So it appears the Microsoft-style software emphasis and strategy for growth at Juniper is ending. With this week's sudden resignation of software chief Bob Muglia and the year-end retirement of CEO and fellow Microsoft alum Kevin Johnson, it's back to the hardware future at Juniper.
Juniper recruited Johnson as its new CEO five years ago from Microsoft after the software giant's failed attempt to purchase Yahoo. At the time, then Juniper CEO and current Chairman Scott Kriens said Johnson has sat where Juniper wanted to be - as an application-aware strategic partner to large enterprises.
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Johnson recruited fellow Microsoft alum Muglia three years later to a position he created just for him: executive vice president of Juniper's new software solutions division. As leader of this brand new division created just for him, Muglia was charged with overseeing Juniper's end-to-end software strategy.
Now Muglia is gone and Johnson is going. The incoming CEO, Shaygan Kheradpir, has a service provider background of several years at Verizon, one of Juniper's largest customers. He also spent a couple of years at Barclays, a large financial enterprise.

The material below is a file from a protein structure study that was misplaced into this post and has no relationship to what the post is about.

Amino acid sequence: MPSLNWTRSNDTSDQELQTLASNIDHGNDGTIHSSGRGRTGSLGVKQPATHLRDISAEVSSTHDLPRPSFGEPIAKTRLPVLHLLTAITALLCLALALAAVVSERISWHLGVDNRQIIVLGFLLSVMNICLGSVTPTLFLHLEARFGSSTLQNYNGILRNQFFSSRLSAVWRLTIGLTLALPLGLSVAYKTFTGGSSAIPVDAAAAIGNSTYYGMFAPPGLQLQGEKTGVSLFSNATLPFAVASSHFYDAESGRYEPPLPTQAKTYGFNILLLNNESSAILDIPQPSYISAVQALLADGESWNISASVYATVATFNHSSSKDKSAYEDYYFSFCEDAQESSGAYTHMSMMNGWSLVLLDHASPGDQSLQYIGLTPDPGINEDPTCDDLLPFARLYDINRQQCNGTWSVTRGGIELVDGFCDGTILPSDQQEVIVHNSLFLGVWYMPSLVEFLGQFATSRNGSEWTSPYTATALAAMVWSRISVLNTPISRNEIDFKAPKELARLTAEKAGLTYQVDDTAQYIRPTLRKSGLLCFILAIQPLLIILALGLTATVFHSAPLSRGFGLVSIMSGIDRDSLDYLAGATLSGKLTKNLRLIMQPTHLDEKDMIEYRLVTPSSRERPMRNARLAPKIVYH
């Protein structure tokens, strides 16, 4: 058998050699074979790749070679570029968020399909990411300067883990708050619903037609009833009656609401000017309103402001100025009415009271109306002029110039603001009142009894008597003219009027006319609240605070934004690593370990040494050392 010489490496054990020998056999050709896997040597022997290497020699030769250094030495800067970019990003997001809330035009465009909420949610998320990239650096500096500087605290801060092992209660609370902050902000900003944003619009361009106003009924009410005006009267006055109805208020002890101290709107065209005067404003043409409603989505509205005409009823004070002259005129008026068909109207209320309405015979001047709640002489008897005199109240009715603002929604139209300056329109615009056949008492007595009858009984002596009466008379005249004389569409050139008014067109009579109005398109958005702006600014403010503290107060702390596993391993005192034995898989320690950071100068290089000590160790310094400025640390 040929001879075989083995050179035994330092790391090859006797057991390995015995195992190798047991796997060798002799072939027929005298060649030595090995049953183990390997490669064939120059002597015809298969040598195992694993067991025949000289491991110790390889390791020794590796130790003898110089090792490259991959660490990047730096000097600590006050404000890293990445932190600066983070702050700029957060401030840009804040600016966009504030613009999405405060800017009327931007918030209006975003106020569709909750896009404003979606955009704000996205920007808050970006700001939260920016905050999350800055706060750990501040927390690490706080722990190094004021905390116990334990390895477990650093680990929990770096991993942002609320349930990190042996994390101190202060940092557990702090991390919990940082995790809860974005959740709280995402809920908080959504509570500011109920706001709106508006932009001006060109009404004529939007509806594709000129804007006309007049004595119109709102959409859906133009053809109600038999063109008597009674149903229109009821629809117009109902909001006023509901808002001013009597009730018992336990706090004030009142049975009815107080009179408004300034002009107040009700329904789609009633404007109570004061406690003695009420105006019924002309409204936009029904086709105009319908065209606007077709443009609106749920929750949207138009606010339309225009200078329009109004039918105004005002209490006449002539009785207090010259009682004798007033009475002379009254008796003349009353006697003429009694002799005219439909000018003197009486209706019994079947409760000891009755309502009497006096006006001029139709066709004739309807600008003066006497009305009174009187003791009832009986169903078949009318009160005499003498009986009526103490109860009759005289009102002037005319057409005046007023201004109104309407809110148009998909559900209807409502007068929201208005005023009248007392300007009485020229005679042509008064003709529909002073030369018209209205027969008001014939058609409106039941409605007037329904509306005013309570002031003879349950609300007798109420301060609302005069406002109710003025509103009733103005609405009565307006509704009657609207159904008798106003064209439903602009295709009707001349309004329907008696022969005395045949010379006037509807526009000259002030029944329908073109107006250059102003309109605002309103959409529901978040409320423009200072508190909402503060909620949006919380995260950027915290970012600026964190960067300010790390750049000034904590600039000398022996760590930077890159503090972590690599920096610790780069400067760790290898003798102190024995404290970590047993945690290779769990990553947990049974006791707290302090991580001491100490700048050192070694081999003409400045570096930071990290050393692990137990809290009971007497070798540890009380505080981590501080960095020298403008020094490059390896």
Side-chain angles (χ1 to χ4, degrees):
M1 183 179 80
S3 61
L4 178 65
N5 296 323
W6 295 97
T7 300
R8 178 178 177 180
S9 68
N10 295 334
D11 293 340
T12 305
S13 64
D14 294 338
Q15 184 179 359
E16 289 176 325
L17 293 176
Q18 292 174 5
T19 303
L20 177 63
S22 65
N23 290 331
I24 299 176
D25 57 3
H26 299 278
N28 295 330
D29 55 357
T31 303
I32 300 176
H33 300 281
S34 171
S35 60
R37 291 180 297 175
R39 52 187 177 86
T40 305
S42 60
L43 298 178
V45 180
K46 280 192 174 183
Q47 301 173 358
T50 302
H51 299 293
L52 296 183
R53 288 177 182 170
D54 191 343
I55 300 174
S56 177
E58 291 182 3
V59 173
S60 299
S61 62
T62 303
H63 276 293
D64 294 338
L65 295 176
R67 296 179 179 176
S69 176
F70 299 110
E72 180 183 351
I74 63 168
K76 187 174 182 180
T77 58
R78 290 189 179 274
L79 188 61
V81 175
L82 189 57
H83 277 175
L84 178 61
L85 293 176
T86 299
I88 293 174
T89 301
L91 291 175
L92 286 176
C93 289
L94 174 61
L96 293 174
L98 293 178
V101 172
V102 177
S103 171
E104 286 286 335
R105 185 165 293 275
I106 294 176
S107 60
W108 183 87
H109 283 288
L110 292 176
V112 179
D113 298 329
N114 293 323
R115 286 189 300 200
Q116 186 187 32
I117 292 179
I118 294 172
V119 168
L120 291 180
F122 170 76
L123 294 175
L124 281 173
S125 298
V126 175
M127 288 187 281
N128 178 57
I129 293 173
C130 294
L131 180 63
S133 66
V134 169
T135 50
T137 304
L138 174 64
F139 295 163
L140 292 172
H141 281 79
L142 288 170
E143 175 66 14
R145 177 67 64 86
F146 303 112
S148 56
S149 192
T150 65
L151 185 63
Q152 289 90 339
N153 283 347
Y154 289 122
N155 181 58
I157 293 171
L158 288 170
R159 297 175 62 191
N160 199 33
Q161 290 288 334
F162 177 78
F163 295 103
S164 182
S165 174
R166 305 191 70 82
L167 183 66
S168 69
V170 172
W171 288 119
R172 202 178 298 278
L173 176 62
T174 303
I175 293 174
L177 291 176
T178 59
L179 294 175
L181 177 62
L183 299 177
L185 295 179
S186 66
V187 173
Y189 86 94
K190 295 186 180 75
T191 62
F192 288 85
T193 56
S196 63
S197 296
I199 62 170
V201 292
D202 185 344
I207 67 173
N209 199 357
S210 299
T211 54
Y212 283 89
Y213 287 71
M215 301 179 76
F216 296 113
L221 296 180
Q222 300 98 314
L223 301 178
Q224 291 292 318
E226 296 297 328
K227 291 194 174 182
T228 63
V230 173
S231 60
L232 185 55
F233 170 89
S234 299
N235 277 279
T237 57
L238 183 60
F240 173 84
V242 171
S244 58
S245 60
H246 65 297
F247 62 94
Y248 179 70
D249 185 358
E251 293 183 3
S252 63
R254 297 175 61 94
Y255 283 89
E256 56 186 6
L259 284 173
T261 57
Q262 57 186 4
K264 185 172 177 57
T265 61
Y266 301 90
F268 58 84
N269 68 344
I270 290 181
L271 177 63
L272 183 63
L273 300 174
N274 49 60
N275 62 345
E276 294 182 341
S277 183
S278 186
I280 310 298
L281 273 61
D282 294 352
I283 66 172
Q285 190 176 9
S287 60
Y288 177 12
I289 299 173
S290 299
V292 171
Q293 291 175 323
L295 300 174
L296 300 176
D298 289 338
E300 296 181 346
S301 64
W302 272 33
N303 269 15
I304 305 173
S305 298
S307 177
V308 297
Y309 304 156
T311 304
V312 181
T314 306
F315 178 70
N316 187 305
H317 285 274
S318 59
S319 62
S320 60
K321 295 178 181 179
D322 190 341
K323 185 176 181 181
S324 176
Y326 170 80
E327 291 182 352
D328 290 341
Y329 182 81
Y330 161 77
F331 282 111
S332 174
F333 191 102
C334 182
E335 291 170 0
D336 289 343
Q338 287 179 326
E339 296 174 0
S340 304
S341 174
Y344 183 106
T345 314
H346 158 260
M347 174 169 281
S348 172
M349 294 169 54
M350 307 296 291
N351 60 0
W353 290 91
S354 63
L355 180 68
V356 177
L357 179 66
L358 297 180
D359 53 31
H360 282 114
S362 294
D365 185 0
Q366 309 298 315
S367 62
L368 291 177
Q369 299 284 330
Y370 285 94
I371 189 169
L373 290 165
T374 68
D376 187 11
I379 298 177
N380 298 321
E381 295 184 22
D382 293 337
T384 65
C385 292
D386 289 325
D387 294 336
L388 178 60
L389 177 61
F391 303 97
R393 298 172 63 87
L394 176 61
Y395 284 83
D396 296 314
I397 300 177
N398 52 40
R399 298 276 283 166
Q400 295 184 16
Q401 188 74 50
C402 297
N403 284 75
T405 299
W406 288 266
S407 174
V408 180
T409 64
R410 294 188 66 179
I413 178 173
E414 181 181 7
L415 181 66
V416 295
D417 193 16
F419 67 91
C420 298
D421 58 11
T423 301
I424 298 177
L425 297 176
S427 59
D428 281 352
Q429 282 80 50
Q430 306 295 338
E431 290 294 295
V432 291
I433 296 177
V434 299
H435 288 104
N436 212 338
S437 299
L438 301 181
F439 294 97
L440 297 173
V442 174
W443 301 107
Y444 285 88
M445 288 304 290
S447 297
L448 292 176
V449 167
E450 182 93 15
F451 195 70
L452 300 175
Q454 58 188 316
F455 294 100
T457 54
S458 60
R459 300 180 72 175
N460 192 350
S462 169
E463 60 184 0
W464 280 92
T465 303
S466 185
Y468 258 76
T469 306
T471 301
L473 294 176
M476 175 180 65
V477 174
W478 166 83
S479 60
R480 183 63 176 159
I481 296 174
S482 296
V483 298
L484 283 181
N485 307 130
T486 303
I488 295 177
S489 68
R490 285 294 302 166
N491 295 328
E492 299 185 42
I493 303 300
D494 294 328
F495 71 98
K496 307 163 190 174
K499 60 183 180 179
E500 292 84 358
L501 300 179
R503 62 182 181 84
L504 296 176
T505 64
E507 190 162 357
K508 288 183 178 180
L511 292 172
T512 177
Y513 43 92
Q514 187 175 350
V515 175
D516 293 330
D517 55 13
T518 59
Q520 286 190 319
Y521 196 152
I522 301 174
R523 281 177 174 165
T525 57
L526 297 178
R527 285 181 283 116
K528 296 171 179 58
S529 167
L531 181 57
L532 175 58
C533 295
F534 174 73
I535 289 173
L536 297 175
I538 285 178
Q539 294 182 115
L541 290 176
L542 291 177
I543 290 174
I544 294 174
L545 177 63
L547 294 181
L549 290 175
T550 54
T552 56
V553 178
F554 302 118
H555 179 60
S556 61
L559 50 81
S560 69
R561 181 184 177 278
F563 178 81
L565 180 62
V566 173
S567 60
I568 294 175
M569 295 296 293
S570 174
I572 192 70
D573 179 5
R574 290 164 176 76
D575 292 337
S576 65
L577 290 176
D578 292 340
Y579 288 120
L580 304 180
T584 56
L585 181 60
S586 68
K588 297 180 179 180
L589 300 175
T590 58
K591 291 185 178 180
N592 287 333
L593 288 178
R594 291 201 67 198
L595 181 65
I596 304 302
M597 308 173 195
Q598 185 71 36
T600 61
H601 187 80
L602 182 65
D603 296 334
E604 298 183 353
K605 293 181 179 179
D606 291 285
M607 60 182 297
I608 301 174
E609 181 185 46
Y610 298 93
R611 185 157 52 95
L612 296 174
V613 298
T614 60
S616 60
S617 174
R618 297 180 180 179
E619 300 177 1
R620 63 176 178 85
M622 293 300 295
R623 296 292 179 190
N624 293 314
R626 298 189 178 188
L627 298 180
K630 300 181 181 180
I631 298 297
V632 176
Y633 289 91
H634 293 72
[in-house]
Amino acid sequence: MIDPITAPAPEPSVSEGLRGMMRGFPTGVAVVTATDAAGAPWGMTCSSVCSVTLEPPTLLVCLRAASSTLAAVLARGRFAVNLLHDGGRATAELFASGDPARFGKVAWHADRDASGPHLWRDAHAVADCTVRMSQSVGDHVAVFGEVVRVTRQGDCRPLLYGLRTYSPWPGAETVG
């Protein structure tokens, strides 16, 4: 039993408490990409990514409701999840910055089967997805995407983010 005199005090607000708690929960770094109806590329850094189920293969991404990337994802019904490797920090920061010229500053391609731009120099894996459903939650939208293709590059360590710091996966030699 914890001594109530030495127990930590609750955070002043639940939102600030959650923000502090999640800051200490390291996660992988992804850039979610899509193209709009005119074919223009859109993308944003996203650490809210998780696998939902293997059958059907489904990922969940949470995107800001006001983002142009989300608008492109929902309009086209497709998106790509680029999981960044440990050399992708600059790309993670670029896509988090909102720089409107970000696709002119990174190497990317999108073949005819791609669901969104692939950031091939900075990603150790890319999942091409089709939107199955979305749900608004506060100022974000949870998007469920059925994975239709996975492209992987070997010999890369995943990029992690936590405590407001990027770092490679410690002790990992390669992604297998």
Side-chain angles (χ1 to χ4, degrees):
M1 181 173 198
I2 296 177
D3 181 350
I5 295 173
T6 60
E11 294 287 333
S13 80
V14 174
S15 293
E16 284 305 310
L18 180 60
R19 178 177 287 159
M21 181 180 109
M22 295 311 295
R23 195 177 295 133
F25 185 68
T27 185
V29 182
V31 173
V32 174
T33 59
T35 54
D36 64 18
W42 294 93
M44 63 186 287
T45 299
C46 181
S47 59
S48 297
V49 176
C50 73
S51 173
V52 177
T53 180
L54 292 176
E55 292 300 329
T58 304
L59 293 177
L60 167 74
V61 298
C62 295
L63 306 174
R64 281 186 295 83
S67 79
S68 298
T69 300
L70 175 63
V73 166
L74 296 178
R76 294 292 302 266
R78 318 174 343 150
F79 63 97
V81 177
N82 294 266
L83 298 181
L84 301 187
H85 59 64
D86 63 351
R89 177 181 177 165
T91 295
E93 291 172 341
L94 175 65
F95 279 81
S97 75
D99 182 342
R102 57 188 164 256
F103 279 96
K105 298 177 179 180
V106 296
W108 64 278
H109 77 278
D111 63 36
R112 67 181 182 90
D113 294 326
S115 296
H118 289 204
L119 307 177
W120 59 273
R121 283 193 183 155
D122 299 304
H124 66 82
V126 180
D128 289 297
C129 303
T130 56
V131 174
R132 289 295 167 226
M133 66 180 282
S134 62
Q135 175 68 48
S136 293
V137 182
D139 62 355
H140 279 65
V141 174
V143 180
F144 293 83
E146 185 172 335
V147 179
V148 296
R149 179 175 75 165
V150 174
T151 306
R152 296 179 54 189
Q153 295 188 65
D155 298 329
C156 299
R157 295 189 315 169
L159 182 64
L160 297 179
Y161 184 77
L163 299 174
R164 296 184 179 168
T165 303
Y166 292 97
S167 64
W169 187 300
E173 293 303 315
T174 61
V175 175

We believe it's safe to presume that Kheradpir has as much experience working with JUNOS - perhaps much more experience - as he does with Microsoft operating systems. And since JUNOS and the hardware it runs on is the bedrock of Juniper, it makes sense that Juniper would now look to a JUNOS router service provider customer rather than a Microsoft vendor to steer the company forward from here.
So, now that Muglia's gone, is the software solutions division created for him gone too? Is the software business model Muglia proposed going to be scrapped? Will Juniper now purge itself of the unremarkable five-year Microsoft way of doing things?
We'll see. The software solutions division is now under Johnson for the remainder of the year. After that, Kheradpir assumes control. But there are rumblings internally that Kheradpir may shake things up once he takes over next year, including the possibility of consolidating the software solutions division with the platform systems division under Rami Rahim.
That might better align software development and revenue generation with the hardware business, and it might signal the end of the Microsofting of Juniper Networks.
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